I live two blocks from the ocean. On the banks of the San Lorenzo River which is a very modest river as far as rivers go. It begins in the Santa Cruz Mountains, climbs out of the redwoods, and picks up speed as it drops through an elevation of 2500 feet into the San Lorenzo Valley. On its way its slices the city of Santa Cruz into East and West, and when it’s over drains into the Monterey Bay. I live next to the delta where it becomes the sea. On the East Side. Most of the time I forget about the ocean. But once every couple nights the waves swell up and the air is still in such a way that all of Lower Ocean is filled with the sound of great volumes of water colliding. Because by the time the sound reaches Pearl St, it’s taken on this great round quality, ricocheting from house to house until it’s coming from every direction all at once, walking around on the dark street late at night, it feels close, like you can grab it and hold it against your body, like you might drown in it.
The sound of waves is always accompanied by a muffled, intermittent fog-horn in the distance. The first few nights it drove me crazy. The sound is identical to a cell phone getting a call on vibrate. It put me on edge and once I started listening for it I really couldn’t sleep. My housemate told me it was the 1-mile buoy, off the shore, to warn ships that they’re getting close to land. The mechanism is activated by waves. On days when the sea is choppy, like it is tonight, it’ll happily play all night.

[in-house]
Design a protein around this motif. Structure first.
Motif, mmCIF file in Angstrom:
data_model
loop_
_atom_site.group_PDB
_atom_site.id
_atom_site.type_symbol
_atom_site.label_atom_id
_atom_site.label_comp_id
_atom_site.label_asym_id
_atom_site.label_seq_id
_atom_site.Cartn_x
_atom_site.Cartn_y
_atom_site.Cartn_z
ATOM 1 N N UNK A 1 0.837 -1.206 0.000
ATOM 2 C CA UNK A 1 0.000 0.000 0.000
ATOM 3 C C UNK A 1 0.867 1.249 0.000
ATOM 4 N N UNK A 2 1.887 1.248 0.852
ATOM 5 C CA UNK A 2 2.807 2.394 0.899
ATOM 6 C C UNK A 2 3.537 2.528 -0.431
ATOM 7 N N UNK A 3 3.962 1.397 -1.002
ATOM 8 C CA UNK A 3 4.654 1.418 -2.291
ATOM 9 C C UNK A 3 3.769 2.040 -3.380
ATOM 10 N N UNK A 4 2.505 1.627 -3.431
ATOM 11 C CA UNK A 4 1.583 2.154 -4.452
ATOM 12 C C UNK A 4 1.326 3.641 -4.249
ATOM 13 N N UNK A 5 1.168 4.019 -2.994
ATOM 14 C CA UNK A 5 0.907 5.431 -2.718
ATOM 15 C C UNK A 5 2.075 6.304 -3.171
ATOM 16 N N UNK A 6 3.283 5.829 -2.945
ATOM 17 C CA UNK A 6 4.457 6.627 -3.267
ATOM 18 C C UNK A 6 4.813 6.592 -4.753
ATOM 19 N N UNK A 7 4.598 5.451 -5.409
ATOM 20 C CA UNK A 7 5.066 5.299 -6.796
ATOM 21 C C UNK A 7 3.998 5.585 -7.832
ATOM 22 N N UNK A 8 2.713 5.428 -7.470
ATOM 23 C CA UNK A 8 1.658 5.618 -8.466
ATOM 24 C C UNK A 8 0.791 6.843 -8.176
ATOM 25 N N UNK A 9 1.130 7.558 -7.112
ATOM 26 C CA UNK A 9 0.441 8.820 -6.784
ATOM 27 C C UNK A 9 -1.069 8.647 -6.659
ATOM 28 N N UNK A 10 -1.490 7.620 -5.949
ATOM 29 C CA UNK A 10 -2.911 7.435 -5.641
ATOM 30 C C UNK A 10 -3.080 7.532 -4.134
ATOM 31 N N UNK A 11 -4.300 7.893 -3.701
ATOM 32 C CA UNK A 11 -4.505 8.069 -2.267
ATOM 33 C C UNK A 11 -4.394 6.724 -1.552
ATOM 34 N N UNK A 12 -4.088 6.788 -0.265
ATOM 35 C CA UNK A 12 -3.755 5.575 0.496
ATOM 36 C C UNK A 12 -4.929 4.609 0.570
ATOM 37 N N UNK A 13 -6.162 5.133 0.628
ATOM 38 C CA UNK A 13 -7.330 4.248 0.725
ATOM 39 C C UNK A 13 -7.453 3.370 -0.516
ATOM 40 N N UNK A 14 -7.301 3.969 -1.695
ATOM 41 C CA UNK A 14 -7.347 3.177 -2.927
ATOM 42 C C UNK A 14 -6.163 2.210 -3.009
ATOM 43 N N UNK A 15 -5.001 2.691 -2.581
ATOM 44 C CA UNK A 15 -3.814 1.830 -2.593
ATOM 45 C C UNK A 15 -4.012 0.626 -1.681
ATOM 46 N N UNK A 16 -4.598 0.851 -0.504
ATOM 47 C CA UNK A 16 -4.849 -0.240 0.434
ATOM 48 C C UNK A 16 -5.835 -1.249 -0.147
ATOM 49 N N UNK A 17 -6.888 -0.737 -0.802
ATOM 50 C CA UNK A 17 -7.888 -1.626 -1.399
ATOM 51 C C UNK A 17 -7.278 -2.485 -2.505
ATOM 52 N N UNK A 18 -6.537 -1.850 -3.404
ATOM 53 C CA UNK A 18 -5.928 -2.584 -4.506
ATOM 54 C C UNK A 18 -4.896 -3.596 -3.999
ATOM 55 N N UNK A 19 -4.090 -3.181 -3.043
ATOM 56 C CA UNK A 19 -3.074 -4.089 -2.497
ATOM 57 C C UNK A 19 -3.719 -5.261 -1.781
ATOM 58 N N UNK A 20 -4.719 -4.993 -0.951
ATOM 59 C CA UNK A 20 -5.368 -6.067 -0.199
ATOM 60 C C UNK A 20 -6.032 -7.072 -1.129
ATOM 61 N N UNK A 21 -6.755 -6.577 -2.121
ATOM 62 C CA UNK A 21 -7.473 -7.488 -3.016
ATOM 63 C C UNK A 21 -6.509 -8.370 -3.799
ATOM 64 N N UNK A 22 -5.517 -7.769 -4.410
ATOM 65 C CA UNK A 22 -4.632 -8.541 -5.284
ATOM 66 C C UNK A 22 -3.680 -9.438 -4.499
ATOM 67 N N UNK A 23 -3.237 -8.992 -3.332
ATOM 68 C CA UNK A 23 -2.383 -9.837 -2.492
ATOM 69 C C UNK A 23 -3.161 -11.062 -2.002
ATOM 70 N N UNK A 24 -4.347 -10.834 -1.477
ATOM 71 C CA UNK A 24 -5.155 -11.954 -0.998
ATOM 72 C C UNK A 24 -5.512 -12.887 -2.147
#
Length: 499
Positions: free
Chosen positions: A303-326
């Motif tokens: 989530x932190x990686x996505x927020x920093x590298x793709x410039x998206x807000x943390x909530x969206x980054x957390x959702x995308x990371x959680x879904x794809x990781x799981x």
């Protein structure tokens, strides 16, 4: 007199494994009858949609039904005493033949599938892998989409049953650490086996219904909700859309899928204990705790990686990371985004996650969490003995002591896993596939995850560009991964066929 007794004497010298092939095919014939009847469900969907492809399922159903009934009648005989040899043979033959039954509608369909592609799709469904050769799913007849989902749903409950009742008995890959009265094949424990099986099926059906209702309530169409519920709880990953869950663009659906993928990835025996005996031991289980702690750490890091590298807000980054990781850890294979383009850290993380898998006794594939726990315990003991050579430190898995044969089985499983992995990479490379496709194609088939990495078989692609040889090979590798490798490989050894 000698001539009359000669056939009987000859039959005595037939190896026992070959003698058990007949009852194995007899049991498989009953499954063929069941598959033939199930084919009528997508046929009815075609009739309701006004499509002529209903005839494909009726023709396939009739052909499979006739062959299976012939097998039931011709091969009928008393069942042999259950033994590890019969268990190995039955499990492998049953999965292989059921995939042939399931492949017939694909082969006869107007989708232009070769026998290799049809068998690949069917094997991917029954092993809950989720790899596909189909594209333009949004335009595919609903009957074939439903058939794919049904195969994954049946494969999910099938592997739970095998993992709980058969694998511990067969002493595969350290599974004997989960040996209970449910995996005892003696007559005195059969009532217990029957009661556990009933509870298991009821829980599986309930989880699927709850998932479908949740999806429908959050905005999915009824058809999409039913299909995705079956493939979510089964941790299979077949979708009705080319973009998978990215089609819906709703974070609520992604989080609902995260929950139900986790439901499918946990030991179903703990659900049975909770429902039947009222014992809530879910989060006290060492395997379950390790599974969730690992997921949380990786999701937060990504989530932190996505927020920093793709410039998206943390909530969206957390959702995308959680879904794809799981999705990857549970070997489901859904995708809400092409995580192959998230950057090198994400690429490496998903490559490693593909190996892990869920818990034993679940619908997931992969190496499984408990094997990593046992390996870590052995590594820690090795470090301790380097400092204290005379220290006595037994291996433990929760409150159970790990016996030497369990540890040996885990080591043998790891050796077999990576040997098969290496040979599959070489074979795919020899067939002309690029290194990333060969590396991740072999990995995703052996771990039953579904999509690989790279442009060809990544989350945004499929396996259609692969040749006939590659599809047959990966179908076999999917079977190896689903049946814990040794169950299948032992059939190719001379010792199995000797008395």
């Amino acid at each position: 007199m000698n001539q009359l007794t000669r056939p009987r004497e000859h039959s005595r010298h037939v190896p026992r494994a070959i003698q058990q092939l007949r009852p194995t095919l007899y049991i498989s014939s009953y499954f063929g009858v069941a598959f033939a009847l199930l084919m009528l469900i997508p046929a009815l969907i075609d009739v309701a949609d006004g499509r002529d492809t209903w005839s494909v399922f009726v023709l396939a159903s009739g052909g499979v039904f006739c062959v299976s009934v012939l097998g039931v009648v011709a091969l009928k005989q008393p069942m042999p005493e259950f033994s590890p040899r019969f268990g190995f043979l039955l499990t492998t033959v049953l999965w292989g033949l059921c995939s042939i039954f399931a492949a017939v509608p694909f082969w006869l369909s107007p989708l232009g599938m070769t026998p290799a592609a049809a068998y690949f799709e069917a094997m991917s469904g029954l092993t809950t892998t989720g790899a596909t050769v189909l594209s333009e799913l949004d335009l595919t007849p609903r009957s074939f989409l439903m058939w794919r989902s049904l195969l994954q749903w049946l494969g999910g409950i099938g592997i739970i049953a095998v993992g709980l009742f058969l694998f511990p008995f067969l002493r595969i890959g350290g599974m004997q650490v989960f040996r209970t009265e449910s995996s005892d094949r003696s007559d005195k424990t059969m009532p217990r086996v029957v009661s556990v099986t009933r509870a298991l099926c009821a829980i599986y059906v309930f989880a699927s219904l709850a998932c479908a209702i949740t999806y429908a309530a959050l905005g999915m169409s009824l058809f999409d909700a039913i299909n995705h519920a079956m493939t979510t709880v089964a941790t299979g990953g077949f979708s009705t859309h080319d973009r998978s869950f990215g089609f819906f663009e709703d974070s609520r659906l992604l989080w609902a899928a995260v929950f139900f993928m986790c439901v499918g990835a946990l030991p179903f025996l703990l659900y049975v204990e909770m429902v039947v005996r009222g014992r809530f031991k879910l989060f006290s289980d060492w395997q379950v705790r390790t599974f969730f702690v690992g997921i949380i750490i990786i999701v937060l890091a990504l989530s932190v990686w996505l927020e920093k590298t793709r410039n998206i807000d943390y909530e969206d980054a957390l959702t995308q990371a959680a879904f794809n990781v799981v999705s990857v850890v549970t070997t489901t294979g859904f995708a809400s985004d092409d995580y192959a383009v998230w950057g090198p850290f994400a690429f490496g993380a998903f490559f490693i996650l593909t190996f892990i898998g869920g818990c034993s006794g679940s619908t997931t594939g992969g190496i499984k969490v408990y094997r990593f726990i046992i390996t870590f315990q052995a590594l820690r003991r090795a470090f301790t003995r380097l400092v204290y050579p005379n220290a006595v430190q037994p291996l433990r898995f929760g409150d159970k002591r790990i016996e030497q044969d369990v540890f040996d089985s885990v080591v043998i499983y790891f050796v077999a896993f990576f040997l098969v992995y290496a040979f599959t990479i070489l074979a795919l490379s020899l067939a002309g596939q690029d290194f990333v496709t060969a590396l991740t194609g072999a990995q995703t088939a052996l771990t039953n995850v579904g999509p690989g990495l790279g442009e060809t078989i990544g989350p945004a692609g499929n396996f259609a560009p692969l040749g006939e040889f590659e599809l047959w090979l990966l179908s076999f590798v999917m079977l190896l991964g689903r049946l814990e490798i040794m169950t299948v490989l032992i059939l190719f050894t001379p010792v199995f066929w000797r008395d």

My room is wood and yellow with two round windows and one long window with a pane that slides open. The ceiling is sloped in such a way to give everything the appearance of being slightly tilted. If I slid the window all the way open I can sit on the window sill and dry my feet on the asphalt roof. Before the fog came I would climb up and out of the long window, spread myself out at night on the shingles and look at stars. Chris says my room is like a yellow submarine. On the nights when the waves are heavy then I imagine I’m out at sea, and I’m going up to the deck to look at the stars. Now it’s the winter sky I don’t have any clue of what I’m even looking at but it’s still fun to look. On any given evening I’m likely to spot at least two shooting stars and a satellite. Eventually I’ll get chilly and crawl back into the warm light of my room. I’ll wrap myself in blankets and when they get to be the temperature of my body I’ll contemplate sleep. Outside, the streets will grow as still and cold as the air. But in the distance the 1-mile buoy bellows on. My heart slows way down.